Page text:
Mayors in the metros: 1 November 2021 – present

Since the 2021 local government election, there has been an increase in the turnover of mayors and other executive members of local government, including speakers and MMCs. The chaos in metro councils has increased as service delivery failures become more apparent and municipal finances weaken. Is there a correlation between the number of new mayors and the failures in local government?

Coalition governments have higher levels of political risk and instability

Since the November 2021 local election, political risk has increased in the metros and governance has subsequently deteriorated. Five of the eight metros (Johannesburg, Tshwane, Ekurhuleni, Nelson Mandela Bay, and eThekwini) had no party with an outright majority after the election while a sixth (Mangaung) yielded a very slim majority for the ANC. Only Cape Town and Buffalo City have had clear majorities, for the DA and ANC respectively. 

The chart below shows how frequently there have been changes in the metros’ mayors. Only Cape Town and eThekwini still have the same mayors that were elected just after the 2021 election. Ekurhuleni and Buffalo City have had two mayors, Nelson Mandela Bay has had three mayors, Mangaung and Tshwane have had four mayors  – while Johannesburg has had a staggering five mayors. All calculations include acting and temporary mayors.

Hovering over the chart will display a popup with the name of the mayor, their party, and the length of their term of office.

The table does not include the many motions of no confidence that failed or were abandoned, nor does it include the changing speakers, deputy mayors, chief whips and mayoral committee members that were deposed or elected with each change in government. All of these challenges and changes bring additional instability and governance disruptions.

The links between coalition governments and poor outcomes are strong but not absolute

The trend of changing governments started during the 2016-2021 administration. Johannesburg, Tshwane and Nelson Mandela Bay each experienced at least one significant change during this period. These changes have become much more prevalent since 2021.

An outright majority has been no guarantee of stability or longevity: the ANC in Buffalo City recalled its mayor Xola Pakati and replaced him with Princess Faku while it enjoyed an unbroken majority. Conversely, the ANC’s mayor in eThekwini, Mxolisi Kaunda, has enjoyed an unbroken run as mayor despite shifting coalitions and different partners over the last two years.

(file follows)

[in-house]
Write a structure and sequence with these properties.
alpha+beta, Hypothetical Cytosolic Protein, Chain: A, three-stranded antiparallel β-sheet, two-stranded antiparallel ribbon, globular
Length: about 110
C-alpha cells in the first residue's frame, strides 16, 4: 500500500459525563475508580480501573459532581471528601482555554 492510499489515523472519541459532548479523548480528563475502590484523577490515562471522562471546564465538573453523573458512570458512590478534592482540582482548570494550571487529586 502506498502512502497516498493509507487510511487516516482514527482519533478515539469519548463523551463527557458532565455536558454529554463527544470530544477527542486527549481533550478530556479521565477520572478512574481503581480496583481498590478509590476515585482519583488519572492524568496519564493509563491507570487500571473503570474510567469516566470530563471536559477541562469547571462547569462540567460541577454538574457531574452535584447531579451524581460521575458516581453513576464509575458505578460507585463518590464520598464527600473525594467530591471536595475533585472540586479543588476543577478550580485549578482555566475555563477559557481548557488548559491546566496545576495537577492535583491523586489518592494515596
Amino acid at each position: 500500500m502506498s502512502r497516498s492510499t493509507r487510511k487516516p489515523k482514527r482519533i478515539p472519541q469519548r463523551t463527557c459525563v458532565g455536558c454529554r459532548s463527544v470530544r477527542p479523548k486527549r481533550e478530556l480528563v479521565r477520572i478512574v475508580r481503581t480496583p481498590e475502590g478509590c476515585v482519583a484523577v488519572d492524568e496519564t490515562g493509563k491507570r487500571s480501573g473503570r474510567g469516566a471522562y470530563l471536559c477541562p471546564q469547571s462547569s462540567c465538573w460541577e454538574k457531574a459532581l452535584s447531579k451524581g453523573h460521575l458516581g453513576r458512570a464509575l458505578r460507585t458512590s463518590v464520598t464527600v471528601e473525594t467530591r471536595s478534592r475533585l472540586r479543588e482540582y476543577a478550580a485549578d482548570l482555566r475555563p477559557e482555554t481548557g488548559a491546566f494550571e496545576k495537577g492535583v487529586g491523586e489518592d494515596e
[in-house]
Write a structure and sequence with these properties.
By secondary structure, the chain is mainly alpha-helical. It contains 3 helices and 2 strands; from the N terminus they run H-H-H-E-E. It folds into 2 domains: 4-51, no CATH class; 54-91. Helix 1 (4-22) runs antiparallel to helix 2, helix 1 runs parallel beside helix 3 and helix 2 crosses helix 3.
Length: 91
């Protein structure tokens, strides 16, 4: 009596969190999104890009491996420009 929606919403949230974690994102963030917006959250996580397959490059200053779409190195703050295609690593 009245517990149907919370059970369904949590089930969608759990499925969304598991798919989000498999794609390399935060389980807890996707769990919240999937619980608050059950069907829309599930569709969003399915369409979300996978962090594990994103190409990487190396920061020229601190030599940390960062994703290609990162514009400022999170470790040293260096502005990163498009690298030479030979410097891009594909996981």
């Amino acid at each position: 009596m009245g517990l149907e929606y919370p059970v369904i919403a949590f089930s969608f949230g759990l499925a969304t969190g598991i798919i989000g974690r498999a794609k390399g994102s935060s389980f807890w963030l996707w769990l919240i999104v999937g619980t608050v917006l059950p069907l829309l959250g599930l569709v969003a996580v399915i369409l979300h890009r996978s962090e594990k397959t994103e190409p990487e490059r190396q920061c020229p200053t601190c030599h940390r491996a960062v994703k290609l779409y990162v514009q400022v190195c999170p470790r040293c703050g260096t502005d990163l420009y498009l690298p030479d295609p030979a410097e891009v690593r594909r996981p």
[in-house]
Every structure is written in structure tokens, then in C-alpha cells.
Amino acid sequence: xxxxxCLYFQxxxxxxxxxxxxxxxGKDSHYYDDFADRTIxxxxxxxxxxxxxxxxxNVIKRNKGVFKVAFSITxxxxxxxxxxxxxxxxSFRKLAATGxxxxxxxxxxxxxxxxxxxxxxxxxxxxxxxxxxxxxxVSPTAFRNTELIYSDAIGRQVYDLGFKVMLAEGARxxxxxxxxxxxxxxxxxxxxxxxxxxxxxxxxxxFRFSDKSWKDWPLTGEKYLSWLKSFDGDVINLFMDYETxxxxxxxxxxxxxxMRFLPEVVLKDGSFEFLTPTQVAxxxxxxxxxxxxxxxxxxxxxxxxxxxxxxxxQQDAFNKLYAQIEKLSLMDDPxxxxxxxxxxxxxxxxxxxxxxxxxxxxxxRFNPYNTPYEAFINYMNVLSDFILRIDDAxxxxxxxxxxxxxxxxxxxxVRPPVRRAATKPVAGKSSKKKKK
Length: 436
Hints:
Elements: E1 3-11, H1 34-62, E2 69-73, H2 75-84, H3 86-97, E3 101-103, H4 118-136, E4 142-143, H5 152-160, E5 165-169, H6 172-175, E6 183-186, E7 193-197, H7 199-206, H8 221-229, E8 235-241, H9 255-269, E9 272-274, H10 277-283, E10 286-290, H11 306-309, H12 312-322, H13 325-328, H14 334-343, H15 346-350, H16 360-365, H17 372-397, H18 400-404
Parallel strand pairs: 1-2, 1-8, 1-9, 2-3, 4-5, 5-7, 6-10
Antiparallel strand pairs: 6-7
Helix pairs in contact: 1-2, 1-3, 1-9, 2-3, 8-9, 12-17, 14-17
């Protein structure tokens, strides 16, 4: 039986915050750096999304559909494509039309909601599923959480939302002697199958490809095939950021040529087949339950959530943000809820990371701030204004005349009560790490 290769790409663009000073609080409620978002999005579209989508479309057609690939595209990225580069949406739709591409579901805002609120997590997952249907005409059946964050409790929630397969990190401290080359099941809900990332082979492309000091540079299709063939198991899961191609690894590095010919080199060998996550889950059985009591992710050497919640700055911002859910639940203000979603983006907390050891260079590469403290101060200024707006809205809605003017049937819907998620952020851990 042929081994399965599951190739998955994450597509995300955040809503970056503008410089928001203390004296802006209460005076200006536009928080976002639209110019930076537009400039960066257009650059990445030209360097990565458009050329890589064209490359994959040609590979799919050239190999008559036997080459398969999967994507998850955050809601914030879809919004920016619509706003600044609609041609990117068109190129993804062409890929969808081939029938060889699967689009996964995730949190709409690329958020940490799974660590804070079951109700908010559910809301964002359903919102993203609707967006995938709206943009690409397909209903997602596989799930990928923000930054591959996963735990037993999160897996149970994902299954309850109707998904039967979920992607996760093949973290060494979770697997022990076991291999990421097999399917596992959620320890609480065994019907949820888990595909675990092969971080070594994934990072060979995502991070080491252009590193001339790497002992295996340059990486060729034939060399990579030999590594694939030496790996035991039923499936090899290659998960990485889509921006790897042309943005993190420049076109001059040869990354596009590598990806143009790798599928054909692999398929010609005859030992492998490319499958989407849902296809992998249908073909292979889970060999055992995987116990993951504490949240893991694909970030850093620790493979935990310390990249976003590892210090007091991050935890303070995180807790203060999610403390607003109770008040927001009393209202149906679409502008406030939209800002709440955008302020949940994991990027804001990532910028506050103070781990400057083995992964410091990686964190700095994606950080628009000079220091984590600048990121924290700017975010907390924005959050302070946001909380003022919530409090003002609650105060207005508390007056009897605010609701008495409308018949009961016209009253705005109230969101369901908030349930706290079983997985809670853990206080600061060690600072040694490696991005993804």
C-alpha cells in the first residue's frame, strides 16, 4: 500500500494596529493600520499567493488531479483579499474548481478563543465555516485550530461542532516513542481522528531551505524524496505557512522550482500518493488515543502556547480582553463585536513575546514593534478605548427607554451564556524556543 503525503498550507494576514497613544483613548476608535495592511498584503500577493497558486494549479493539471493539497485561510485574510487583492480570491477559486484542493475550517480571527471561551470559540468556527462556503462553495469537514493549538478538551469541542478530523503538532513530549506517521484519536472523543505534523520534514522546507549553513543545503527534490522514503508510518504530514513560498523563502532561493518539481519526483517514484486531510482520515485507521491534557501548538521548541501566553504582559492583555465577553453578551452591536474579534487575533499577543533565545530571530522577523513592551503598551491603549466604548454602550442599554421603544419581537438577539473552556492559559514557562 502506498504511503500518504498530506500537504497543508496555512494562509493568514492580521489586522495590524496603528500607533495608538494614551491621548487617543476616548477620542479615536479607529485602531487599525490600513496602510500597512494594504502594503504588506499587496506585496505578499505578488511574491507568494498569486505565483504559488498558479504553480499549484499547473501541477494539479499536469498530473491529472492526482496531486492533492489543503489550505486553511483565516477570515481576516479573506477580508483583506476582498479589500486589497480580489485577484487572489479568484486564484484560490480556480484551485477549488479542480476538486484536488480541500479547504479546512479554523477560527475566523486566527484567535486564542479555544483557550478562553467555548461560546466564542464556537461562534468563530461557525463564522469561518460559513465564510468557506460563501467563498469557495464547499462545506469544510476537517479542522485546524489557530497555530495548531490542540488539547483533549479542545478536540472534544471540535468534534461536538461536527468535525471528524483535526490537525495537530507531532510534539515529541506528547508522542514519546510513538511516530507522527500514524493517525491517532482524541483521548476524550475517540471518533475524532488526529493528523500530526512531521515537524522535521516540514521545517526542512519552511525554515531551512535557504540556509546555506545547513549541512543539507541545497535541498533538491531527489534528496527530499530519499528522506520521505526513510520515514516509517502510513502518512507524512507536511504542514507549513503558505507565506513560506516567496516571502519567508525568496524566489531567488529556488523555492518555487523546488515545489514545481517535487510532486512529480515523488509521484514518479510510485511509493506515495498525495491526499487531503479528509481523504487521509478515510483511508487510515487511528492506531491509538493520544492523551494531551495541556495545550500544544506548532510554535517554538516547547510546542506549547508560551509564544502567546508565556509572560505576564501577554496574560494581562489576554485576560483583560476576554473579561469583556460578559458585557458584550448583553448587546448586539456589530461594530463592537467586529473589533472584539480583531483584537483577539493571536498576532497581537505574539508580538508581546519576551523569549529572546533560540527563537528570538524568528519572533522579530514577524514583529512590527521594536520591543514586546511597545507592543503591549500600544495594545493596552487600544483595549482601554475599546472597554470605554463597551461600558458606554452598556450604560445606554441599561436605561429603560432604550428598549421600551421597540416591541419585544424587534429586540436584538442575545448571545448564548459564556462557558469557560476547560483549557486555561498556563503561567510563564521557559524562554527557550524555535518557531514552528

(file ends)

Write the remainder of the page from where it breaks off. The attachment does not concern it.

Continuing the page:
It is clear, particularly in ANC-led metros, that an outright majority does not automatically lead to political stability. After all, ANC factionalism has kept Mangaung and Buffalo City teetering. However, weak coalitions – and weaker leaders – have definitely contributed to poorer outcomes in Johannesburg, Ekurhuleni, eThekwini and Nelson Mandela Bay. 

The ANC and EFF-led Government of Local Unity (GLU) coalitions in Johannesburg, Ekurhuleni and Nelson Mandela Bay have elected compromise candidates as mayors since the two big parties have been unwilling to elect mayors from each other’s party. The quality of candidates in Johannesburg has been particularly poor and the current mayor, Kabelo Gwamanda, has been absent from too many important meetings to count.

Coalition chaos has been used to camouflage questionable, even criminal, behaviour

In these three metros, councillors from the DA, ActionSA and other members of the Multiparty Coalition (MPC) have made a growing number of complaints against the conduct of GLU members. In addition to the non-attendance of council meetings and budget debates, GLU-linked councillors have been accused of manipulating council programmes to pass their own questionable agendas. 

There is evidence of the GLU-controlled municipalities ignoring the transparency and accountability mechanisms of local government. The GLU coalitions also appear to be less stable than the MPC coalition in Tshwane. The ANC and EFF have been threatening for months to leave the GLU coalitions and the two parties are openly accusing each other of malfeasance in Ekurhuleni.

The DA-led coalition in Tshwane is hardly blameless: the shocking audit disclaimer for the 2021/22 financial year happened under the party’s watch, while former DA mayor Randall Williams enjoyed two unbroken years of control in the metro. The recent decision of the Tshwane coalition to create a deputy mayor position has been challenged by opposition parties.

The failures of coalitions is a big concern for the next three years of local government – and for the 2024 election

Our monthly MetroMonitor reports show that governance and service delivery continue to worsen across the metros. Councils are becoming less accountable while the financial health of metros declines and service delivery falls apart.

There is a growing body of evidence, particularly in Johannesburg, Ekurhuleni and eThekwini, that the GLU is using the chaos of unstable coalitions to avoid accountability and transparency. The decision by the DA-led coalition in Tshwane to create a deputy mayor position also raises questions about the MPC’s priorities.

The 2021-2026 local government term is almost at the half-way mark, and in two months the metros will release their third budgets since the 2021 election. The hopes that our elected officials will self-regulate and recommit to transparent, responsive governance continue to dwindle as parties continue to play their political games at the expense of service delivery.

Written by Paul Berkowitz

January 29, 2024

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